# RMSEARCH demos

## Contents

## Find all zeros of besselj(2,x) betweeen x=0 and x=50.

Note that x0 is actually ignored for the univariate optimizers fzero and fminbnd, as long as bounds are provided. Those bounds provide the information on where to search. Once the sample points are generated, rmsearch understands that fzero really cares most about where zero crossings occur, so it looks for each such crossing.

% Generate a plot of the sample points and the solutions found. fun = @(x) besselj(2,x); [xfinal,ffinal,exitflag,xstart] = rmsearch(fun,'fzero',... 10,0,50,'initialsample',500,'plot','on') % On 1-d problems, rmsearch with fzero looks for zero crossings % in its samples, starting up the solver at each such crossing.

xfinal = 0 5.1356 8.4172 11.62 14.796 17.96 21.117 24.27 27.421 30.569 33.717 36.863 40.008 43.153 46.298 49.442 ffinal = 0 -1.9025e-16 3.314e-16 -8.7517e-17 -1.8952e-16 -1.3598e-16 -1.1319e-15 8.4254e-16 -6.4901e-16 2.8633e-16 -6.3256e-17 1.1967e-16 3.2536e-16 -8.9124e-17 -1.1242e-15 -3.3054e-16 exitflag = 1 1 1 1 1 1 1 1 1 1 1 1 1 1 1 1 xstart = 0 5.1699 8.4709 11.582 14.767 17.894 21.136 24.257 27.406 30.558 33.772 36.964 39.929 43.088 46.231 49.582

## Find local minimizers of besselj(2,x) betweeen x=0 and x=200

fun = @(x) besselj(2,x); [xfinal,ffinal,exitflag,xstart] = rmsearch(fun,'fminbnd',... 10,0,200,'initialsample',500,'plot','on'); % As with fzero, on 1-d problems, rmsearch with fminbnd looks % for local minima in its set of random samples, starting the % solver at each minimizer found.

## Find local minimizers of the peaks function.

Use fminsearchbnd as the optimizer on the peaks surface.

peaks fun = inline('peaks(x(1),x(2))','x'); % The shape of the peaks function is such that many starting points % will diverge to +/- inf, if allowed. On this example, the % constraint box is wide enough that many of the starting values % "wanted to diverge into one of the corners of that box. However, % some of our sample points did indeed fall in the basins of % attraction of the minima that we really wanted to find. Problems % with very many local minima or very small basins of attraction % (steep, deep holes) may require large InitialSample sizes to % insure that all local minimizers are found. [xfinal,ffinal,exitflag,xstart] = rmsearch(fun,'fminsearchbnd',... [0 0],[-5 -5],[5 5],'initialsample',100,'plot','on');

z = 3*(1-x).^2.*exp(-(x.^2) - (y+1).^2) ... - 10*(x/5 - x.^3 - y.^5).*exp(-x.^2-y.^2) ... - 1/3*exp(-(x+1).^2 - y.^2)

## Find the local minimizers of the peaks function within a 2-circle

(a circle of radius 2) around the origin. Generate a plot of the sample points and the solutions found. Use fmincon as the optimizer, setting the appropriate options for its use. Note the trick with deal for nonlcon inside an anonymous function.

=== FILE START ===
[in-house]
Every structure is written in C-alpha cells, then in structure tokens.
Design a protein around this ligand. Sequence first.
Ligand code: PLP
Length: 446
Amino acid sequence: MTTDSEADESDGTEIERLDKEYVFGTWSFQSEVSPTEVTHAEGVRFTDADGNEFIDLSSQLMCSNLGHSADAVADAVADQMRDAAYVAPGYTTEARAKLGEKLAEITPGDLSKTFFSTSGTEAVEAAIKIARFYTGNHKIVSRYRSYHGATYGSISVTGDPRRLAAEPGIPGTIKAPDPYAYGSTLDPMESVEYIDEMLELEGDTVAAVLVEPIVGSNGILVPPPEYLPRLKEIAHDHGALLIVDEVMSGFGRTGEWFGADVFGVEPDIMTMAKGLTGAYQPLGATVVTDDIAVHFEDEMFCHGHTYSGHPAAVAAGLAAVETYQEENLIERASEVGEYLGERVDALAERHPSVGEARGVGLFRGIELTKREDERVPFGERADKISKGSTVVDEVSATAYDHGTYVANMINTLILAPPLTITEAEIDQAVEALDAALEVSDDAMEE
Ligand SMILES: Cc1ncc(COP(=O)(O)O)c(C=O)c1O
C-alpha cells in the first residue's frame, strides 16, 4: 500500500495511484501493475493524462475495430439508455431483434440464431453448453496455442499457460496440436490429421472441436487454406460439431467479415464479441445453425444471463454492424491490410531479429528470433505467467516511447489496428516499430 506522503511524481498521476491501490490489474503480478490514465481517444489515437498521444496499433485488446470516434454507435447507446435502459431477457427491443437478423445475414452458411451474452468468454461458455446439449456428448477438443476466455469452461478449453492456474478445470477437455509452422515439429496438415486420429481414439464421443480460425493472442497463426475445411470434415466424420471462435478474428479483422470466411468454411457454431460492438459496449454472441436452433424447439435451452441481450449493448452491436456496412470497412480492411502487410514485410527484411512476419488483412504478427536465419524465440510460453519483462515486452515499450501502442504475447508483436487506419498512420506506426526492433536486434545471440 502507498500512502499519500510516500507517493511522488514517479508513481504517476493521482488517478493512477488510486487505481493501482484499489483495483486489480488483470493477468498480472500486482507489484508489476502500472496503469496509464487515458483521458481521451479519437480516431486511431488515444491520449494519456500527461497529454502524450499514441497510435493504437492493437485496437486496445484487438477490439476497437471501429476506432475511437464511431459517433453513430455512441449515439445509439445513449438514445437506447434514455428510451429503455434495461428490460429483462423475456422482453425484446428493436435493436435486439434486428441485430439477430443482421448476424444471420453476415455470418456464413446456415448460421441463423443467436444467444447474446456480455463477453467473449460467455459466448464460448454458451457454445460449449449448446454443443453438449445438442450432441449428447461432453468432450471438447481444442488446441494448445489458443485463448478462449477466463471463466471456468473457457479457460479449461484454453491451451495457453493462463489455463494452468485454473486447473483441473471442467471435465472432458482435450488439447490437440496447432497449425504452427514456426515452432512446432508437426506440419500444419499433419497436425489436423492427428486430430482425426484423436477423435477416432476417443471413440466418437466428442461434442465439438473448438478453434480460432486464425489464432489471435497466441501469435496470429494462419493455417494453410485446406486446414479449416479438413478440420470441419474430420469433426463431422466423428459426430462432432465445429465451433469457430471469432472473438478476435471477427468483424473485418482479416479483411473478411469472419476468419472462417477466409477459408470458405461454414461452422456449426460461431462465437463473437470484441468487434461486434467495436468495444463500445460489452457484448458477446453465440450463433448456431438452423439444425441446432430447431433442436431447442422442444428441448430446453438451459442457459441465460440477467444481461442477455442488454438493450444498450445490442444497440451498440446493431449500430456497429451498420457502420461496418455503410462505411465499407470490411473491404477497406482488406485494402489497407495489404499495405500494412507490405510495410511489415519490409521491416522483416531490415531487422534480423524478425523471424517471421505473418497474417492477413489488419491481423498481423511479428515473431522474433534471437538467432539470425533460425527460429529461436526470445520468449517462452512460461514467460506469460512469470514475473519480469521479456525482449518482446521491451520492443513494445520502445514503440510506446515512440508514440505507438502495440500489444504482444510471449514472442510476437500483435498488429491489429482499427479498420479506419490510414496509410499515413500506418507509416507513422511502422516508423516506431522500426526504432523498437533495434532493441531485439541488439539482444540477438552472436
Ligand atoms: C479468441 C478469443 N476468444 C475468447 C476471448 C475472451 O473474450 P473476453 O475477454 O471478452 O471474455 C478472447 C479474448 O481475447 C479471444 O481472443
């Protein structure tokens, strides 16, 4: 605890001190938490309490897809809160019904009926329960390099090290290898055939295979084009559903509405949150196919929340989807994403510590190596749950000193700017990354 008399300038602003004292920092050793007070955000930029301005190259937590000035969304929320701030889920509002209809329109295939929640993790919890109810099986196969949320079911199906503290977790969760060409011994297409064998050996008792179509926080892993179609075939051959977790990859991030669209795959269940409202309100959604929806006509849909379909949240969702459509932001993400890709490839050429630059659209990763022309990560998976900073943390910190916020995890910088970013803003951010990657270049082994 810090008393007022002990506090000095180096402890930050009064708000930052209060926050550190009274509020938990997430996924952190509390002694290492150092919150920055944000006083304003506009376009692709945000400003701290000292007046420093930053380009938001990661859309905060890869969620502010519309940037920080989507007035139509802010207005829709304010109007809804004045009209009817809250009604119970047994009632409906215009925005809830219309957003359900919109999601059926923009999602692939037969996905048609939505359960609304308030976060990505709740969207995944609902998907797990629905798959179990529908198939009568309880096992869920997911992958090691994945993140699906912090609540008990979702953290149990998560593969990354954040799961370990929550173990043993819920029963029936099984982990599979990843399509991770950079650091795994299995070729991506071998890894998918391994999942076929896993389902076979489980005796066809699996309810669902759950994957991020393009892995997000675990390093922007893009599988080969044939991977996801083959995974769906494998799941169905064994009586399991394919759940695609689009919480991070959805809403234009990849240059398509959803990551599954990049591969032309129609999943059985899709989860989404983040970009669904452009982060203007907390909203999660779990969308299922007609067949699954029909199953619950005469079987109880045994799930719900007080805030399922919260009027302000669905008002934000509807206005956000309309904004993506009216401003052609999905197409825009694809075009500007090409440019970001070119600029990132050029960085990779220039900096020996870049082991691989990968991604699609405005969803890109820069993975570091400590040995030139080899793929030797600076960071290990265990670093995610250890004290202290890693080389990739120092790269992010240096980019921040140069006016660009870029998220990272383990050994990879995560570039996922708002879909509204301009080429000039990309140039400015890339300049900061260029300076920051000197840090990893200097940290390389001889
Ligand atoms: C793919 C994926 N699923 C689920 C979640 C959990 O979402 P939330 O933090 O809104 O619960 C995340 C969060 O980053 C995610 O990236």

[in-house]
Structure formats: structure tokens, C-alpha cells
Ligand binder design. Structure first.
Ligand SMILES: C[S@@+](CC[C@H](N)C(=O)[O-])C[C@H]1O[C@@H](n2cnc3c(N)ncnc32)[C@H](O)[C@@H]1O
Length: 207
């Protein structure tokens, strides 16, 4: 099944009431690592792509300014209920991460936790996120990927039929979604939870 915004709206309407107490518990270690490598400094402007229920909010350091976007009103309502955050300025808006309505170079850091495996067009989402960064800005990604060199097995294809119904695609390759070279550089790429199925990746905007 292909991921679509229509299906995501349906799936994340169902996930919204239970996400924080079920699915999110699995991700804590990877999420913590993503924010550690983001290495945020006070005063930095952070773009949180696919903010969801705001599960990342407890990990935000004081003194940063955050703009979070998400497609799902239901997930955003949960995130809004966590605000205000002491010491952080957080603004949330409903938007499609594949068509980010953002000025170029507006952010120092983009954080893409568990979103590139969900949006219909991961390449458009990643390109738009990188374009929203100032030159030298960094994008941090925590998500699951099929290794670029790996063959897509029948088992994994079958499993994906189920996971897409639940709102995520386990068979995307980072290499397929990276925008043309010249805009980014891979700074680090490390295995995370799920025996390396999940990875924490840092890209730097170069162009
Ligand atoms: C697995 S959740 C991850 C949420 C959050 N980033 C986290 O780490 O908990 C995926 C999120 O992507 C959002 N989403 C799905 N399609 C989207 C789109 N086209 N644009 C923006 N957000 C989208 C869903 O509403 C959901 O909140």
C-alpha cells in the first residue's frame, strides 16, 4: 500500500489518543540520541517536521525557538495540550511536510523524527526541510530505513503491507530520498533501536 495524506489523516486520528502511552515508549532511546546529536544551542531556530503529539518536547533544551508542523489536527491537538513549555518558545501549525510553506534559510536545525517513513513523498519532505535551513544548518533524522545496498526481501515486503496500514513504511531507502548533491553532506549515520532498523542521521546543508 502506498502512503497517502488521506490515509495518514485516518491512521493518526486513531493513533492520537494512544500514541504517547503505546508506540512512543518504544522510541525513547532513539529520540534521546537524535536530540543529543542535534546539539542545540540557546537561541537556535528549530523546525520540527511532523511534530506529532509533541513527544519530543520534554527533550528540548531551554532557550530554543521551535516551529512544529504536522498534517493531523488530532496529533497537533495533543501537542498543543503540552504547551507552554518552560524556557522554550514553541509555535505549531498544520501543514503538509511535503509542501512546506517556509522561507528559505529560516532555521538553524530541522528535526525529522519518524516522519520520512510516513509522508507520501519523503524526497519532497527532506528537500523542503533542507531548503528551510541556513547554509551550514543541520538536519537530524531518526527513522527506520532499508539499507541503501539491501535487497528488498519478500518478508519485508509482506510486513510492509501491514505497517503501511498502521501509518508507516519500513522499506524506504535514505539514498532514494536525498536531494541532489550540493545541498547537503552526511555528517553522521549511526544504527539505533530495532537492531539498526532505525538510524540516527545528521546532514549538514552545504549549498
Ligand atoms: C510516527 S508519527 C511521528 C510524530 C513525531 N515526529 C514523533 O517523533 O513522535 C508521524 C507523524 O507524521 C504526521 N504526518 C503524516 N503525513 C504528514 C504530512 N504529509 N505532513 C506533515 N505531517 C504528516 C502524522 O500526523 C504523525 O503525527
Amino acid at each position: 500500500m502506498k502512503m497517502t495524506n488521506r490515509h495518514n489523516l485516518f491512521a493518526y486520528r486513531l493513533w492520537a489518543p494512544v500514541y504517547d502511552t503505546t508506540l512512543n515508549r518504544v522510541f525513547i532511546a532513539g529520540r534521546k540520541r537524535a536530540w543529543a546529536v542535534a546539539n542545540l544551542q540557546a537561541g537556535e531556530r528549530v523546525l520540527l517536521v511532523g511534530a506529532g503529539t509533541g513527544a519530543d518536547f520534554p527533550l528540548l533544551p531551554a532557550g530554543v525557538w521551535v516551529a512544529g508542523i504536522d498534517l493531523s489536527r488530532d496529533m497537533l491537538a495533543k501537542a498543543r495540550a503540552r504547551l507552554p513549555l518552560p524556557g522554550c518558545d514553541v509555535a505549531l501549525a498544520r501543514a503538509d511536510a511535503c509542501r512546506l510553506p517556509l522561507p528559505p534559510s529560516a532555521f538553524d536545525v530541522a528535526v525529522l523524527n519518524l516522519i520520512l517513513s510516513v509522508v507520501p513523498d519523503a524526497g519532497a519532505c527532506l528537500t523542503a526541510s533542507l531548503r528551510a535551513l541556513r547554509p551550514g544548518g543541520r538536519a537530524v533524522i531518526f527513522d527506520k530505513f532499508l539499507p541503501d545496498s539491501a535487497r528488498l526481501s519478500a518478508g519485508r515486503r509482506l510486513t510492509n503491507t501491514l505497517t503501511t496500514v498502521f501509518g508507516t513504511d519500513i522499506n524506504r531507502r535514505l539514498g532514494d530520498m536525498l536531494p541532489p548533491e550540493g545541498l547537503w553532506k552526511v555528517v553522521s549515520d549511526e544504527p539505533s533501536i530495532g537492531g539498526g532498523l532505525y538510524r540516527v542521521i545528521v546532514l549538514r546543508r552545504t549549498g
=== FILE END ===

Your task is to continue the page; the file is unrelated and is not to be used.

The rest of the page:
fun = inline('peaks(x(1),x(2))','x'); opts = optimset('fmincon'); opts.LargeScale = 'off'; opts.Display = 'none'; nonlcon = @(x) deal(norm(x) - 2,[]); [xfinal,ffinal,exitflag,xstart] = rmsearch(fun, ... 'fmincon',[0 0],[-2 -2],[2 2],'initialsample',100, ... 'plot','on','options',opts,'nonlcon',nonlcon);

## Use lsqnonlin to solve a pair of nasty trig equations

fun = @(X) [(sin(X(1)-2*cos(X(2)+X(1))))^3 - sin(X(1));cos(X(1)+sin(X(2)))]; opts = optimset('lsqnonlin'); opts.LargeScale = 'on'; opts.Display = 'none'; opts.TolX = 1.e-10; opts.TolFun = 1.e-10; [xfinal,ffinal,exitflag,xstart] = rmsearch(fun, ... 'lsqnonlin',[0 0],[0 0],[2*pi 2*pi],'initialsample',100, ... 'options',opts); % delete those solutions which did not converge properly to % essentially a zero residual. We might have used a clustering % utility to coallesce the solutions more. k = find(ffinal>1.e-10); xfinal(k,:) = []; ffinal(k) = []; % see how well we did, by overlaying zero contours of these % functions on the plot of the solutions located [xg,yg] = meshgrid(linspace(0,2*pi,200)); fun1 = (sin(xg-2*cos(yg+xg))).^3 - sin(xg); fun2 = cos(xg+sin(yg)); h1 = contour(xg,yg,fun1,[0,0],'r'); hold on h2 = contour(xg,yg,fun2,[0,0],'g'); plot(xfinal(:,1),xfinal(:,2),'bo') hold off % Note that the intersection of the pairs of contours must % be a solution. Did we find them all? This is often controlled % by the size of InitialSample, higher sample sizes increase the % probability that one of the sample points will lie in the basin % of attraction of each minimizer. title 'Contours of each function in red and green. Identified solutions in blue.'